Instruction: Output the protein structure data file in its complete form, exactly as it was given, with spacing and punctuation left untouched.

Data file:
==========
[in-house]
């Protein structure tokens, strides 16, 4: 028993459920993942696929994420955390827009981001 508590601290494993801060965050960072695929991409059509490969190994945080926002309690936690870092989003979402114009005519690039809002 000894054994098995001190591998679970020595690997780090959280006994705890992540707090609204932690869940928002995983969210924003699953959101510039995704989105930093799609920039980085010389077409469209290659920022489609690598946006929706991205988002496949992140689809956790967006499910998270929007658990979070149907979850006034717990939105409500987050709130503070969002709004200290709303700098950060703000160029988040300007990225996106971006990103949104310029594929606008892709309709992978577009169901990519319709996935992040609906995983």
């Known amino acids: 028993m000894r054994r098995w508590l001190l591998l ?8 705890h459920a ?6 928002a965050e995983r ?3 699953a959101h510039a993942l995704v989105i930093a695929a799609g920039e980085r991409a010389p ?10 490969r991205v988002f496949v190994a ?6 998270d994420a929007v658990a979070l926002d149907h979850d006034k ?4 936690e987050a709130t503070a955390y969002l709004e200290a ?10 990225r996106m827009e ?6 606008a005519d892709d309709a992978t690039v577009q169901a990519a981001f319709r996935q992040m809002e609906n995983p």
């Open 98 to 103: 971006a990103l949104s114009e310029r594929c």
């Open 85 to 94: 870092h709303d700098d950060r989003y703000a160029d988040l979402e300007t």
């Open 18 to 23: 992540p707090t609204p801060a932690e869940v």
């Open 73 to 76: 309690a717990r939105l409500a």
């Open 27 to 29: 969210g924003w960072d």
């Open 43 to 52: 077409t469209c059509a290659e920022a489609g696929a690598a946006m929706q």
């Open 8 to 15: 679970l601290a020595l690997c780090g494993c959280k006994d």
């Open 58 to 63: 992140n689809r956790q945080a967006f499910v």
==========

[in-house]
């Protein structure tokens, strides 16, 4: 028993459920993942696929994420955390827009981001 508590601290494993801060965050960072695929991409059509490969190994945080926002309690936690870092989003979402114009005519690039809002 000894054994098995001190591998679970020595690997780090959280006994705890992540707090609204932690869940928002995983969210924003699953959101510039995704989105930093799609920039980085010389077409469209290659920022489609690598946006929706991205988002496949992140689809956790967006499910998270929007658990979070149907979850006034717990939105409500987050709130503070969002709004200290709303700098950060703000160029988040300007990225996106971006990103949104310029594929606008892709309709992978577009169901990519319709996935992040609906995983």
């Known amino acids: 028993m000894r054994r098995w508590l001190l591998l ?8 705890h459920a ?6 928002a965050e995983r ?3 699953a959101h510039a993942l995704v989105i930093a695929a799609g920039e980085r991409a010389p ?10 490969r991205v988002f496949v190994a ?6 998270d994420a929007v658990a979070l926002d149907h979850d006034k ?4 936690e987050a709130t503070a955390y969002l709004e200290a ?10 990225r996106m827009e ?6 606008a005519d892709d309709a992978t690039v577009q169901a990519a981001f319709r996935q992040m809002e609906n995983p």
């Open 98 to 103: 971006a990103l949104s114009e310029r594929c």
């Open 85 to 94: 870092h709303d700098d950060r989003y703000a160029d988040l979402e300007t």
């Open 18 to 23: 992540p707090t609204p801060a932690e869940v």
């Open 73 to 76: 309690a717990r939105l409500a």
């Open 27 to 29: 969210g924003w960072d």
């Open 43 to 52: 077409t469209c059509a290659e920022a489609g696929a690598a946006m929706q």
């Open 8 to 15: 679970l601290a020595l690997c780090g494993c959280k006994d």
């Open 58 to 63: 992140n689809r956790q945080a967006f499910v």